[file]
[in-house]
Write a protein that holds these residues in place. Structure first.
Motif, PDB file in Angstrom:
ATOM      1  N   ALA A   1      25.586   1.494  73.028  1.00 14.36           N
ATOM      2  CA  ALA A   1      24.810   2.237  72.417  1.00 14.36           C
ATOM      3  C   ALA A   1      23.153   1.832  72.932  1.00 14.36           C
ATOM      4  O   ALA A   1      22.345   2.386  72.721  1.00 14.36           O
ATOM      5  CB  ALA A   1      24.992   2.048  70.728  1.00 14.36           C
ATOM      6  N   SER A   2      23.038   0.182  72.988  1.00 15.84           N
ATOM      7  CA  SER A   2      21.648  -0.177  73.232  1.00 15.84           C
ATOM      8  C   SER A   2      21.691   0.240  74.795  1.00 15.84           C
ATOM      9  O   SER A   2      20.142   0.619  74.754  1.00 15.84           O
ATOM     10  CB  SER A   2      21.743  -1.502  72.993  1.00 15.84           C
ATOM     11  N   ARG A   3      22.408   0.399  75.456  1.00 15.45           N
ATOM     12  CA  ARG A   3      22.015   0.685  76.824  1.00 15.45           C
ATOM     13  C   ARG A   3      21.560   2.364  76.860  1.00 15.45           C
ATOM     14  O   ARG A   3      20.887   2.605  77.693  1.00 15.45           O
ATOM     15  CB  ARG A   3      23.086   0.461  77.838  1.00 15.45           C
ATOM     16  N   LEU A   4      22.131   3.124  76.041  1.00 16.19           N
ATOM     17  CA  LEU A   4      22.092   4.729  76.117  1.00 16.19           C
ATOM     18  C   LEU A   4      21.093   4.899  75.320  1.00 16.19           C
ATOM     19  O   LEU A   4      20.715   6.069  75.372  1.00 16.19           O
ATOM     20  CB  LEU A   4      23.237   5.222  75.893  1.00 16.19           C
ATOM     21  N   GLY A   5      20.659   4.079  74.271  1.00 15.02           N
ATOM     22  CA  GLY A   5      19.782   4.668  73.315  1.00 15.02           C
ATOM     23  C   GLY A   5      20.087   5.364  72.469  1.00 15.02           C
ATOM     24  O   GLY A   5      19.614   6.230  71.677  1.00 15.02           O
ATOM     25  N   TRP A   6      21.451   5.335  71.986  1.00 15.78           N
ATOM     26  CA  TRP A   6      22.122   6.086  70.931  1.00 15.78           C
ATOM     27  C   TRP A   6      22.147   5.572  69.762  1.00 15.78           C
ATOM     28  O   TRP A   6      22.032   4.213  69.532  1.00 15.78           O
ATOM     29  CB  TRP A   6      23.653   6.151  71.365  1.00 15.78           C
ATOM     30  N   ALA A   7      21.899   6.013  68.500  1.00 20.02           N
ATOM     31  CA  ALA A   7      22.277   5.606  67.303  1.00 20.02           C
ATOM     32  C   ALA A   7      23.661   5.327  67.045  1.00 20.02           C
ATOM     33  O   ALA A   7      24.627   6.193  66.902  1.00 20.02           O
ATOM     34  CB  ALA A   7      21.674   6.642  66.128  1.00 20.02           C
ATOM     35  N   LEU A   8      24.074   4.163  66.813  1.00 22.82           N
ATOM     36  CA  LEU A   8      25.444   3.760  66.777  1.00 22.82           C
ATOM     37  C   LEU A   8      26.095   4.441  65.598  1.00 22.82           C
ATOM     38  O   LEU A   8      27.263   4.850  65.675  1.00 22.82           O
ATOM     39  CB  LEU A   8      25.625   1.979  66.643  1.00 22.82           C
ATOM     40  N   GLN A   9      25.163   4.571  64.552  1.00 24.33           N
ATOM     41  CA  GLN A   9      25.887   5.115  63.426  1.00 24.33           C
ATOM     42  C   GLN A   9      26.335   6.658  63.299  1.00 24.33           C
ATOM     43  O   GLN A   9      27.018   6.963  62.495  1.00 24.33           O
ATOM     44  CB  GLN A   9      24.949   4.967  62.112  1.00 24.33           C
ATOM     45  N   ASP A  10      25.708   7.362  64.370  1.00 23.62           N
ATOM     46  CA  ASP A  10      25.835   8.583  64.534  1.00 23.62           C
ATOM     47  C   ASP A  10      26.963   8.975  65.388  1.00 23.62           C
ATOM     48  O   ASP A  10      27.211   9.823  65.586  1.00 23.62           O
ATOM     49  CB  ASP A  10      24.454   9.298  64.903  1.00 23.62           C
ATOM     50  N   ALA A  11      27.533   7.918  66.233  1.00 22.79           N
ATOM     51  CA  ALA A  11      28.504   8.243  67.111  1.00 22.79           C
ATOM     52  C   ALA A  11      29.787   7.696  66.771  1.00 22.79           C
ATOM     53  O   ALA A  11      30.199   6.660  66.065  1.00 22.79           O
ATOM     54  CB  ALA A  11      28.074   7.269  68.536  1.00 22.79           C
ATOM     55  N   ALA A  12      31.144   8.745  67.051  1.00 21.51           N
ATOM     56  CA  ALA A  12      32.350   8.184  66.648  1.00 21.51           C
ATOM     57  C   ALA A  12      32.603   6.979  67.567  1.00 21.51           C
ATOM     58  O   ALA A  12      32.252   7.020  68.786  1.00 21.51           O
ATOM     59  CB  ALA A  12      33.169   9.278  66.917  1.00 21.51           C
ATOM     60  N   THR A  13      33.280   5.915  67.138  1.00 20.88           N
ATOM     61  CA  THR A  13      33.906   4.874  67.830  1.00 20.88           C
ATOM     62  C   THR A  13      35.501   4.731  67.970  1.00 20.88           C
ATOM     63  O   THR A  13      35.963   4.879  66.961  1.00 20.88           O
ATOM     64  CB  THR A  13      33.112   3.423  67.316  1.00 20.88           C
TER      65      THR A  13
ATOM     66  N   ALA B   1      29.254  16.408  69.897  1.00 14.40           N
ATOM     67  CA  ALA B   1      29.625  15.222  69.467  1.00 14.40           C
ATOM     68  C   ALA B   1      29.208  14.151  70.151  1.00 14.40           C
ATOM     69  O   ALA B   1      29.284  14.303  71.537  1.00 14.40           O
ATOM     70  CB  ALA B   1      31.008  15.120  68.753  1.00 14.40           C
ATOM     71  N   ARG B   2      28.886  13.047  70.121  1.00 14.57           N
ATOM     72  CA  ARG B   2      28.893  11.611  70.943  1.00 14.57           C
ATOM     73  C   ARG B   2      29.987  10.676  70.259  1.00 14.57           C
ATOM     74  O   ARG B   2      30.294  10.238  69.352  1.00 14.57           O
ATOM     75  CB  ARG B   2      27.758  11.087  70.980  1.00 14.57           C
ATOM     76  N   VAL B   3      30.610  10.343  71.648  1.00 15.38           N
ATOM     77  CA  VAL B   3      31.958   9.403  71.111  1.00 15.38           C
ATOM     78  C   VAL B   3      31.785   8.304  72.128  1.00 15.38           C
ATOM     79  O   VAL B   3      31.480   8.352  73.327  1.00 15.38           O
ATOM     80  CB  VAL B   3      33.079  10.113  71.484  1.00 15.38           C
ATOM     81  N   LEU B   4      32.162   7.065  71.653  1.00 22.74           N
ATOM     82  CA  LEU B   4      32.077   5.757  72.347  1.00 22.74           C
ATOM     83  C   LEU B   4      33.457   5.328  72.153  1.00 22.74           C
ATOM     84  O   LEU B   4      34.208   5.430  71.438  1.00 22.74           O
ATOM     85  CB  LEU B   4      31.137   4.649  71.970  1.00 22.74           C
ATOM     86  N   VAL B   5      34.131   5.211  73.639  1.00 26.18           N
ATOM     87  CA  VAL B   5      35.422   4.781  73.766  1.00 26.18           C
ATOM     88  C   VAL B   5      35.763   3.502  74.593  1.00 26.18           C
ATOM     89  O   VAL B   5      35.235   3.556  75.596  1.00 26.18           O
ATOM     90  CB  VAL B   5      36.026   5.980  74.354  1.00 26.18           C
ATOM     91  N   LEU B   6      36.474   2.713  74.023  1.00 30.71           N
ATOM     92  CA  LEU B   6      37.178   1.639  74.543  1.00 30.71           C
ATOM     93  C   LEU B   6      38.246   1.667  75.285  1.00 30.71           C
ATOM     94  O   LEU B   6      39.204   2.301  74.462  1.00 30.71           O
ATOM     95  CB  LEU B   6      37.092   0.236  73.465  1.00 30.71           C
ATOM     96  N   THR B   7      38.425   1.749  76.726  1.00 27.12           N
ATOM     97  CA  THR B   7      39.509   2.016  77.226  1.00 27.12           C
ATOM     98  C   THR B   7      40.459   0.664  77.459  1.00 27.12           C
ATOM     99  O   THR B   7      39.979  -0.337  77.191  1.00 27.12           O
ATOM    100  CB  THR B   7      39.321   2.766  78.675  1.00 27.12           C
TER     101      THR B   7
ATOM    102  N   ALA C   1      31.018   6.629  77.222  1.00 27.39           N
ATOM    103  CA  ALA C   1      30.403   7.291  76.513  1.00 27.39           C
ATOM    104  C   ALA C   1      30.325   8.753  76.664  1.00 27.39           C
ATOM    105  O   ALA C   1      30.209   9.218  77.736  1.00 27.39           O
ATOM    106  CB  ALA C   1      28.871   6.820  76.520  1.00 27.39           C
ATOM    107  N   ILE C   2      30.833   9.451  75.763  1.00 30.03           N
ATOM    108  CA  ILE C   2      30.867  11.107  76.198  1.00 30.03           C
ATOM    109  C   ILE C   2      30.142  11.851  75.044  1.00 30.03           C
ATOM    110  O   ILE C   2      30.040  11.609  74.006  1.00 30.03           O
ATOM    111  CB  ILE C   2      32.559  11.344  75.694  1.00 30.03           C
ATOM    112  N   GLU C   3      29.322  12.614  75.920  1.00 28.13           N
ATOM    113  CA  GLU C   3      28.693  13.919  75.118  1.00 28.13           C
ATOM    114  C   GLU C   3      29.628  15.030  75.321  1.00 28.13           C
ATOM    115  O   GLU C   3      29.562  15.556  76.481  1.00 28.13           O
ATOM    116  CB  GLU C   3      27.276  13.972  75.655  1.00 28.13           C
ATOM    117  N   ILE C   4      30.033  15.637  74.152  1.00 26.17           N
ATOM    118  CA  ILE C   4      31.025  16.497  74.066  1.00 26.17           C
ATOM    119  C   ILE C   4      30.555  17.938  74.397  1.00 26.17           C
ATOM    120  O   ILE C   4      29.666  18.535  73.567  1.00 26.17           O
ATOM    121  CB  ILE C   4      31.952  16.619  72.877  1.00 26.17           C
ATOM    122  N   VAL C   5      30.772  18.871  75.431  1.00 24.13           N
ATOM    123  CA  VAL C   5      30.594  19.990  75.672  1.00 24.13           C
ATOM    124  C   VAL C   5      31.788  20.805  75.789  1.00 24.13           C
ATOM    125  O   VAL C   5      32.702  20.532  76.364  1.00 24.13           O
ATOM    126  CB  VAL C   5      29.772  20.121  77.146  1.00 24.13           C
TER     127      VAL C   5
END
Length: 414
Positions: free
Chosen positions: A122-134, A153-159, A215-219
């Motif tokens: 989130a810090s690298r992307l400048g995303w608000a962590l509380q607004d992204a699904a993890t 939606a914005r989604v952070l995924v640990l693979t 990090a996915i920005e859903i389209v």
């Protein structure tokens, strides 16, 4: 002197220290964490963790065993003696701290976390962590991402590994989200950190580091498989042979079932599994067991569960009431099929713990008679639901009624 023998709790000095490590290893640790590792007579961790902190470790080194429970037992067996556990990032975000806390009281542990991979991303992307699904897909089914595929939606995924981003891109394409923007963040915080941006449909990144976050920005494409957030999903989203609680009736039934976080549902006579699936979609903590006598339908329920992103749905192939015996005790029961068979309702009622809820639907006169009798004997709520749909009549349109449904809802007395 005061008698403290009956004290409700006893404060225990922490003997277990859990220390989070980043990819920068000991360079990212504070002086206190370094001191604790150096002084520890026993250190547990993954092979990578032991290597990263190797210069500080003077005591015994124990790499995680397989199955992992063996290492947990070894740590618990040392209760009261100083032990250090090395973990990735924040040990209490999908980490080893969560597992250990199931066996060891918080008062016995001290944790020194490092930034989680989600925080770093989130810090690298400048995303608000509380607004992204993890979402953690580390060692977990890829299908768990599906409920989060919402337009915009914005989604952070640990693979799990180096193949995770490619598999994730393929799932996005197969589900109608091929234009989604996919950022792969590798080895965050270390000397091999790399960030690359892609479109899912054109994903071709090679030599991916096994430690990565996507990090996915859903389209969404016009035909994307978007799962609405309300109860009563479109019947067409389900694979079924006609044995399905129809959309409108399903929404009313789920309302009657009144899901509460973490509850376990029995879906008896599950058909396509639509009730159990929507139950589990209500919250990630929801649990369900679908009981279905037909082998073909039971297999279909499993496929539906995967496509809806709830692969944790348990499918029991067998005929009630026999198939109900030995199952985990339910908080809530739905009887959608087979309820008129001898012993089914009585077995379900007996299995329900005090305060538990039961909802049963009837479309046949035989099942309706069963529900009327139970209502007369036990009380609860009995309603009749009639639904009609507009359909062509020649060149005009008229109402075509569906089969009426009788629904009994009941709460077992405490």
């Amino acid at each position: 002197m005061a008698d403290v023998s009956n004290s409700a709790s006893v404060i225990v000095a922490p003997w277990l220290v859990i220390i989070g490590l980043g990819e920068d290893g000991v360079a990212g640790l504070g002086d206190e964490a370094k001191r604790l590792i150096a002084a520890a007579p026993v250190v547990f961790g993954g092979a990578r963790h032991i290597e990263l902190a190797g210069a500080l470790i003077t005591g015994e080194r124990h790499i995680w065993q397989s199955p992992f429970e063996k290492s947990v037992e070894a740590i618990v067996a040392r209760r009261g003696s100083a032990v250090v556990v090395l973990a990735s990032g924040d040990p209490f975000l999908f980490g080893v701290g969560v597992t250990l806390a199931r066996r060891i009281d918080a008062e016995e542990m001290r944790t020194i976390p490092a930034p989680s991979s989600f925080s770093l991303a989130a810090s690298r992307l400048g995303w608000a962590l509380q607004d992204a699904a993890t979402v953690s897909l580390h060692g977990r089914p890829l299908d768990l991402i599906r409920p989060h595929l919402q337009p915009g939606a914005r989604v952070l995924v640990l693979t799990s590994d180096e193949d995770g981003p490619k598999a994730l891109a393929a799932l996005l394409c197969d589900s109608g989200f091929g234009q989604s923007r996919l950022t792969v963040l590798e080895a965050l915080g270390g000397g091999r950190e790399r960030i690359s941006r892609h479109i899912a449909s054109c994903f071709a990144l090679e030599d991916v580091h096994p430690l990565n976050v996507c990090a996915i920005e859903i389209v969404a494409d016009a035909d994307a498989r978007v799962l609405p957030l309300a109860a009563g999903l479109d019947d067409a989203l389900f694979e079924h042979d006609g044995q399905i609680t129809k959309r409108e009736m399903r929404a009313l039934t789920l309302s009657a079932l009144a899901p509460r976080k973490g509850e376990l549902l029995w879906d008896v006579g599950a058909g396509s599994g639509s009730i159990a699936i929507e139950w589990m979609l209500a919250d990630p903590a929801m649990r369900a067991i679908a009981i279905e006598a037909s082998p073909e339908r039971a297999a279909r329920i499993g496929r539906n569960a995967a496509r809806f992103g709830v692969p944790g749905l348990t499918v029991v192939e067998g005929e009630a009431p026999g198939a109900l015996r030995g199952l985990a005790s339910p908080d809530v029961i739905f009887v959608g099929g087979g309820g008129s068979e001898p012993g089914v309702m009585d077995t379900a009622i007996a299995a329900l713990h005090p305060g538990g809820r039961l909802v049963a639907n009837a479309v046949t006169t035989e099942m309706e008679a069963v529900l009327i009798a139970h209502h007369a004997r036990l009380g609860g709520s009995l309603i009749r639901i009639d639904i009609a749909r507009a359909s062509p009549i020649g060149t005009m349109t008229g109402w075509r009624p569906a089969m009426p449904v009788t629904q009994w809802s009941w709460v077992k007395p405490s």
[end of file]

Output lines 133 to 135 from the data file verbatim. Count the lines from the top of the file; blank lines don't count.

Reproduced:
Positions: free
Chosen positions: A122-134, A153-159, A215-219
């Motif tokens: 989130a810090s690298r992307l400048g995303w608000a962590l509380q607004d992204a699904a993890t 939606a914005r989604v952070l995924v640990l693979t 990090a996915i920005e859903i389209v």